Feb 28, 2014 at 10:22 am #1313859
@namelesswayLocale: Mid Atlantic
So I currently have a Go-lite Bitterroot which I enjoy for many reasons, but at 13oz, I know it becomes too much of an overkill to carry along as the warmer seasons approach. I now have an EE Enigma 50d which I am very interested to see how far I can stretch its use, and bringing a down jacket should easily help toward extending it's comfort zone.
Therefore I am trying to weigh whether it is "worth" getting a down jacket that is much lighter for the warmer months (to use with my quilt and not need to bring the fleece), or is it more practical to simply have a real light fleece (with a hood)? I not worried about the "don't get the down wet" issue, either.
Are there any merino base layers out there with hoods?
(Obviously, I very much prefer the hood. I believe I loose more heat from my neck and ears, than from my head.)
Any collective wisdom & experience is greatly appreciated.
MattFeb 28, 2014 at 10:28 am #2078030
What size are you?Feb 28, 2014 at 10:32 am #2078032
@namelesswayLocale: Mid Atlantic
Edit: 6'2" 190 lbs.Feb 28, 2014 at 10:35 am #2078033
@servingkoLocale: Intermountain West
I have a Bitteroot that I use for cooler temps with my quilts and a down vest for the warmer seasons. For me warmer still means nights that could get to freezing so I often augment a 40f quilt.
My down vest at 6.5oz offers a bit more loft than my Bitteroot and for me is lighter, warmer, and more compact than fleece. It is the older FF Hyperion than is similar to the current WM Flight vest.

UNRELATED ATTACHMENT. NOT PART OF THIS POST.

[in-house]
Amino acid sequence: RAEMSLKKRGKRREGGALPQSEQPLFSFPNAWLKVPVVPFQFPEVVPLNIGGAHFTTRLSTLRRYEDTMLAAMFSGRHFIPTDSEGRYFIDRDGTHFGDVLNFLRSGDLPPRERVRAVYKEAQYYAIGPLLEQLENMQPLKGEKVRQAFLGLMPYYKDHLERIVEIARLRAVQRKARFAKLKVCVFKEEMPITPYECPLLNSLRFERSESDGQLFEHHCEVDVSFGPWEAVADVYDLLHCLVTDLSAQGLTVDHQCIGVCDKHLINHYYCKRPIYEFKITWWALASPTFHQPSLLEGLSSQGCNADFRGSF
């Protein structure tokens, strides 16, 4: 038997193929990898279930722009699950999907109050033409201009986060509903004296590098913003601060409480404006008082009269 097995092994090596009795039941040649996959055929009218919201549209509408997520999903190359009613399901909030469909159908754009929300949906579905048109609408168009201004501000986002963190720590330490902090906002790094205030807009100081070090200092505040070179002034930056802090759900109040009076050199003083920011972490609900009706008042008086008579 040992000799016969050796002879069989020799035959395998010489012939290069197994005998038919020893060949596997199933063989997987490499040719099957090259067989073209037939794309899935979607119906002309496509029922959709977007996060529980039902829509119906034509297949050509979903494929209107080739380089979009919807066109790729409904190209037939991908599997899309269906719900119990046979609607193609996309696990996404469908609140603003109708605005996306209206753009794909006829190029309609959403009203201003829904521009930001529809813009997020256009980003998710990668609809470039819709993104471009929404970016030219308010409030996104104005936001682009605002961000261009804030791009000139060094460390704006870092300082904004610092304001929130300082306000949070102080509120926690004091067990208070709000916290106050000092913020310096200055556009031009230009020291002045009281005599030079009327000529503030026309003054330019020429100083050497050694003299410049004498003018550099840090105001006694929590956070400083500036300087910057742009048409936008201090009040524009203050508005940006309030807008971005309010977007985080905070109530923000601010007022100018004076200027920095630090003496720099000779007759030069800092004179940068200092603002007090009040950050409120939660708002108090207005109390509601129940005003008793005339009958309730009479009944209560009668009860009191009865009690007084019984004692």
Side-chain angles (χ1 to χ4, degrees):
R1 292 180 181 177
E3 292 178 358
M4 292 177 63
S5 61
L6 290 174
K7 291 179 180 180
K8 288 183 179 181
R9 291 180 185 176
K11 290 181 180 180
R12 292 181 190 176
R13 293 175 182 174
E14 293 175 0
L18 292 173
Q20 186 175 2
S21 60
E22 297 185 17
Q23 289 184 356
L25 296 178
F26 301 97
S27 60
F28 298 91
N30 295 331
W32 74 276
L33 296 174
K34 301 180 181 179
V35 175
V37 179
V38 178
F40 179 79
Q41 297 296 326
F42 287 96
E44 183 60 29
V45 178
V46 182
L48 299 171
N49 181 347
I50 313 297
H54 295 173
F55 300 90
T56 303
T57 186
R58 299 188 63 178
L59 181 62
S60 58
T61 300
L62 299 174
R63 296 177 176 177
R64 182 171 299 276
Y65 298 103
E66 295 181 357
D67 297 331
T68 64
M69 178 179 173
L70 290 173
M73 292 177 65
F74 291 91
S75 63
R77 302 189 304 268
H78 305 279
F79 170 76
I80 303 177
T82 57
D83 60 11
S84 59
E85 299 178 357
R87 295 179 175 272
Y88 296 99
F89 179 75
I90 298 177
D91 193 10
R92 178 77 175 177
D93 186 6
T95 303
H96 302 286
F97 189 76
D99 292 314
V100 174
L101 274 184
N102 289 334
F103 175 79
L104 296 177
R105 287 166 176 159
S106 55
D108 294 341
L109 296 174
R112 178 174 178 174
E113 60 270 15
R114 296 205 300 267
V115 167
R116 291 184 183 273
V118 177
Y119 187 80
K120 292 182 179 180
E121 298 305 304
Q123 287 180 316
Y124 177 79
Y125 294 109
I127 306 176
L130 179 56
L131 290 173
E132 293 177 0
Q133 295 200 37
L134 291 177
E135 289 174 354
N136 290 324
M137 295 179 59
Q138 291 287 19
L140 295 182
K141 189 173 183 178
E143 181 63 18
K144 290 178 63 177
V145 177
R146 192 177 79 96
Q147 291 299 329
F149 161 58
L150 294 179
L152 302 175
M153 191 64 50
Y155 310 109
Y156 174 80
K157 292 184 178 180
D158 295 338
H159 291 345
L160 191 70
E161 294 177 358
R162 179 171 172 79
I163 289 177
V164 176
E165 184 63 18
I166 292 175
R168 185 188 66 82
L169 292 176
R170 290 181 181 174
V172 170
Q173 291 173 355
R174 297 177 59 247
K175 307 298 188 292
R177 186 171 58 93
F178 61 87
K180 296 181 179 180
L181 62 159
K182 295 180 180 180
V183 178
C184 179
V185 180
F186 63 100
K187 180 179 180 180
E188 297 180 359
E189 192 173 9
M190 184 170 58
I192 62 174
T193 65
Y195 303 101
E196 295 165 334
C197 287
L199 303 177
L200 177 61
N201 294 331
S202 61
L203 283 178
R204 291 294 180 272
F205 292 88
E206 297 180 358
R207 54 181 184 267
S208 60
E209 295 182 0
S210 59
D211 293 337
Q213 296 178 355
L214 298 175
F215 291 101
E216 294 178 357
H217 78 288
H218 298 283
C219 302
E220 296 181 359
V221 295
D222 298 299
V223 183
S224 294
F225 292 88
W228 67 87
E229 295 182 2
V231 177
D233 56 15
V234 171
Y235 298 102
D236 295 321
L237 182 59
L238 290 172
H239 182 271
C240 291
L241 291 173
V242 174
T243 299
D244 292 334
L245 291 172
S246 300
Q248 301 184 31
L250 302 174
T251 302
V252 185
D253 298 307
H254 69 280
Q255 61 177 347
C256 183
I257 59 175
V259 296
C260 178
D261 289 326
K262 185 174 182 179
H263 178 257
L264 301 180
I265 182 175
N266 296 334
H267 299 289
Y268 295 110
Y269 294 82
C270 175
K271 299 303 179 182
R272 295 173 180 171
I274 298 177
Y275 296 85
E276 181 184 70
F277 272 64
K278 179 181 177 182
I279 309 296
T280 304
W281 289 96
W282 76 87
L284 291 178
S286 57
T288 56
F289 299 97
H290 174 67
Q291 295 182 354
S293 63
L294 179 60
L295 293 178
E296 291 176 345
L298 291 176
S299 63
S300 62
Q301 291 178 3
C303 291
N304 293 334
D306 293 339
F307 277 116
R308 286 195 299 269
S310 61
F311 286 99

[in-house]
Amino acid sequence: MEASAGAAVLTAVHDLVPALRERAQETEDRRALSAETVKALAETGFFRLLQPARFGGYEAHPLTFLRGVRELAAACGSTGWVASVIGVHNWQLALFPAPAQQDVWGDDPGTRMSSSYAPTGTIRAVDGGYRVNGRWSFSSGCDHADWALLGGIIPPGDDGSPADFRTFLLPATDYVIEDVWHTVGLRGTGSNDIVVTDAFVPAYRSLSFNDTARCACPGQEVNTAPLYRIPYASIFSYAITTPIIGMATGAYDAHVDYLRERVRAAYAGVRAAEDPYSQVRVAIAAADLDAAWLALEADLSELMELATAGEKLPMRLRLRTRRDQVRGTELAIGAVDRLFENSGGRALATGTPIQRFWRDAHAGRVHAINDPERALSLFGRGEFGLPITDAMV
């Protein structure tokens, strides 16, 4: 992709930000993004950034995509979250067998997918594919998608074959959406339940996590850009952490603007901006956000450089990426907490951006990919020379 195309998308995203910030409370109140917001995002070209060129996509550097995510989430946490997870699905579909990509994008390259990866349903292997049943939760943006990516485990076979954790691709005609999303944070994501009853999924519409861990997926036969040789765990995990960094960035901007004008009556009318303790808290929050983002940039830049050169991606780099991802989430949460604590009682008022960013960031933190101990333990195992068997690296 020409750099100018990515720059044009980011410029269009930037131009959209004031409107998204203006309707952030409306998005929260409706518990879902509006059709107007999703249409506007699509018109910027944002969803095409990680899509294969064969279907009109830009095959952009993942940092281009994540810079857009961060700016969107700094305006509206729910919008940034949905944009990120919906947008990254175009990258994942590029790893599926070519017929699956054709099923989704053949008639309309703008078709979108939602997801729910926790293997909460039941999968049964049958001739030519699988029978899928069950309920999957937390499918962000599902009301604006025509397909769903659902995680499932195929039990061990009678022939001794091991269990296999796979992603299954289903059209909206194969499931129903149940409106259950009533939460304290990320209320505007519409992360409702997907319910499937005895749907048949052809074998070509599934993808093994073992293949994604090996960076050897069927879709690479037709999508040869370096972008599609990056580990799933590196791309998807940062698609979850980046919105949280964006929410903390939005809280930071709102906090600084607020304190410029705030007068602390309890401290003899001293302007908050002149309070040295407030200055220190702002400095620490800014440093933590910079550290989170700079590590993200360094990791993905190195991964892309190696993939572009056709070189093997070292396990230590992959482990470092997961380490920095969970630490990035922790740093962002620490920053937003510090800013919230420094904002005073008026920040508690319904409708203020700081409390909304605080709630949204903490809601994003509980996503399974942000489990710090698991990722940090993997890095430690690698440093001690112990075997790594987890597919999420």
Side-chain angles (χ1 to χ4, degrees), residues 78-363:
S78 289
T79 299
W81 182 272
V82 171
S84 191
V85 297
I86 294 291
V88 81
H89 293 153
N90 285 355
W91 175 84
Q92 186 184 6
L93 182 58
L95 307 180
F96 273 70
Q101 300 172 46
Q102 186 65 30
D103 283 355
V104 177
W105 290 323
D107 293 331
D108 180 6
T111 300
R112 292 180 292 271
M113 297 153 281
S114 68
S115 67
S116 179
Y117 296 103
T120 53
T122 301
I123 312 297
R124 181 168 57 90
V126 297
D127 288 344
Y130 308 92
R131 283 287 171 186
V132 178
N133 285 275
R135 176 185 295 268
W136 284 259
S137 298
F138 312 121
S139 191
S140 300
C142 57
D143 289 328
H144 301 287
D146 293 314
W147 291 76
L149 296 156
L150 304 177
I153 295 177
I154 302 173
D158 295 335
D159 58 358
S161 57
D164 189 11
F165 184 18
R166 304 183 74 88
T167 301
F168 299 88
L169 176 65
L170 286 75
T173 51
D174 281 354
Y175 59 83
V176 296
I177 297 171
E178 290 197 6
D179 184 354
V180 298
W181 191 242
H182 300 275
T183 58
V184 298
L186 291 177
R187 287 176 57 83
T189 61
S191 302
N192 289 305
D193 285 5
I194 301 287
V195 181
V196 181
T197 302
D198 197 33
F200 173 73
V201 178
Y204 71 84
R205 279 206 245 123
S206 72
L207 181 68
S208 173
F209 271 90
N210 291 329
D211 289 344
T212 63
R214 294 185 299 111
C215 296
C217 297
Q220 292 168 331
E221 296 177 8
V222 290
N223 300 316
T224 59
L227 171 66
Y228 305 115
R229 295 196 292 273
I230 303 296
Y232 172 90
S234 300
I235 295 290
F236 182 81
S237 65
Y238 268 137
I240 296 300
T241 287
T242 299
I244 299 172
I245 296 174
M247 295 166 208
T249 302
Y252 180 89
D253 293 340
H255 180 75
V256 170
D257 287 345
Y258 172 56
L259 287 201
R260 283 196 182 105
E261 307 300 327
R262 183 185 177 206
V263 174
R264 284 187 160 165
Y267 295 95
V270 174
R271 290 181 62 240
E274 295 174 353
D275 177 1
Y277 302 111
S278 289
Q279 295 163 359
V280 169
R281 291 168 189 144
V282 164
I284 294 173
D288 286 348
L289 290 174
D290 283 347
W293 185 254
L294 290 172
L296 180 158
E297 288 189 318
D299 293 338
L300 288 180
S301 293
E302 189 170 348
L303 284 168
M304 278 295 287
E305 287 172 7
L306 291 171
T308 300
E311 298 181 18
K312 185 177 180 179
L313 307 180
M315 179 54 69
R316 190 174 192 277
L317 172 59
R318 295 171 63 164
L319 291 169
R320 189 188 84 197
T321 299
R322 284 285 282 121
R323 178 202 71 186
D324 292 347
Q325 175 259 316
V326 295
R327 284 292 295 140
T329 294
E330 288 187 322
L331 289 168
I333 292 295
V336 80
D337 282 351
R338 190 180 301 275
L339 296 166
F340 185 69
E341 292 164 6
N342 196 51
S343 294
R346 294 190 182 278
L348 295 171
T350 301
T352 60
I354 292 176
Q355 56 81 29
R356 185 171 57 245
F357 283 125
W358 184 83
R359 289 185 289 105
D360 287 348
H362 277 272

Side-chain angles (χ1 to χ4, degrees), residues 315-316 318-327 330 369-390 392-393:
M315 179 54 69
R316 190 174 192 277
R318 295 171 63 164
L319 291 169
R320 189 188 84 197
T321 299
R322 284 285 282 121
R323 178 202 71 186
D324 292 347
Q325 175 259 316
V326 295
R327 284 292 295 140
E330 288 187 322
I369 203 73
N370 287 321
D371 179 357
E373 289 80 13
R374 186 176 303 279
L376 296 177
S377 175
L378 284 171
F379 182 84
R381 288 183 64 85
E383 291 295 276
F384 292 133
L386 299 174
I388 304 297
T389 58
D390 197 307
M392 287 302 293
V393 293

Just another alternative you might want to consider.Feb 28, 2014 at 10:37 am #2078034
I love a lightweight down hoody and a PowerStretch fleece hoody. If I had to bring only one for summer camping (i.e above freezing at all times), it would have to be the power stretch hoody. Those things are great for so many temperatures and you can sweat in them, which is something you really don't want to do with a down jacket. Down is pretty much exclusively for putting on when you are stopped.Feb 28, 2014 at 10:37 am #2078035
@stephen-mLocale: Way up North
They are two different items, one for active and the other for static use.
I would get a cheap one of each.Feb 28, 2014 at 10:49 am #2078042
@justin_bakerLocale: Santa Rosa, CA
I have the patagonia micro d hoody, which is unfortunately discontinued, but sounds perfect for what you want. It fits like a regular cotton hoody.Feb 28, 2014 at 10:57 am #2078049
@funnymoLocale: Sunshine State
Regarding Merino hoodies, Yes they exist.
I really like my I/O Bio hoodie. 6'1", 180lbs – I wear a Large and it fits snug but nice.Feb 28, 2014 at 11:38 am #2078069
@eagleriverdeeLocale: Eagle River, Alaska
Re Merino base layers with hoodies- keep an eye on Steep and Cheap. I've purchased two Merino hoodies on their site. One is Icebreaker, not sure on the other one. Pricing is much better there than retail, too. Retail for Merino is ridiculous.Feb 28, 2014 at 11:47 am #2078074
@scubahhhLocale: White Mountains, mostly.